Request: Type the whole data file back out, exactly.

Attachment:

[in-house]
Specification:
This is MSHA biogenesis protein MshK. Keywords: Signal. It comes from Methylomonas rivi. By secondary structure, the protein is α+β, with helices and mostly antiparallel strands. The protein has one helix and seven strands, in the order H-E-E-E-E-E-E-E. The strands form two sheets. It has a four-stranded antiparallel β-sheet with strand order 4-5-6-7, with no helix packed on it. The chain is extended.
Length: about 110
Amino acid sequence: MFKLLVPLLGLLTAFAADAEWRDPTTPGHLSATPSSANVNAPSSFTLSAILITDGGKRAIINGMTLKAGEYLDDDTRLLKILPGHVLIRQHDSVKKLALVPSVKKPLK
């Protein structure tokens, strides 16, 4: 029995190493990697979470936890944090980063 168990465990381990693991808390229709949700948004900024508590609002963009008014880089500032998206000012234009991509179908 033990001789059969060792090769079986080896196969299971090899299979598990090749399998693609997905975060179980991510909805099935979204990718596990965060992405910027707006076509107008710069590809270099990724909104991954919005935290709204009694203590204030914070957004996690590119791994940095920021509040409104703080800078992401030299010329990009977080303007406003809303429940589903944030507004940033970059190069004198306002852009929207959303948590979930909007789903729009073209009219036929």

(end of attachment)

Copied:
[in-house]
Specification:
This is MSHA biogenesis protein MshK. Keywords: Signal. It comes from Methylomonas rivi. By secondary structure, the protein is α+β, with helices and mostly antiparallel strands. The protein has one helix and seven strands, in the order H-E-E-E-E-E-E-E. The strands form two sheets. It has a four-stranded antiparallel β-sheet with strand order 4-5-6-7, with no helix packed on it. The chain is extended.
Length: about 110
Amino acid sequence: MFKLLVPLLGLLTAFAADAEWRDPTTPGHLSATPSSANVNAPSSFTLSAILITDGGKRAIINGMTLKAGEYLDDDTRLLKILPGHVLIRQHDSVKKLALVPSVKKPLK
């Protein structure tokens, strides 16, 4: 029995190493990697979470936890944090980063 168990465990381990693991808390229709949700948004900024508590609002963009008014880089500032998206000012234009991509179908 033990001789059969060792090769079986080896196969299971090899299979598990090749399998693609997905975060179980991510909805099935979204990718596990965060992405910027707006076509107008710069590809270099990724909104991954919005935290709204009694203590204030914070957004996690590119791994940095920021509040409104703080800078992401030299010329990009977080303007406003809303429940589903944030507004940033970059190069004198306002852009929207959303948590979930909007789903729009073209009219036929």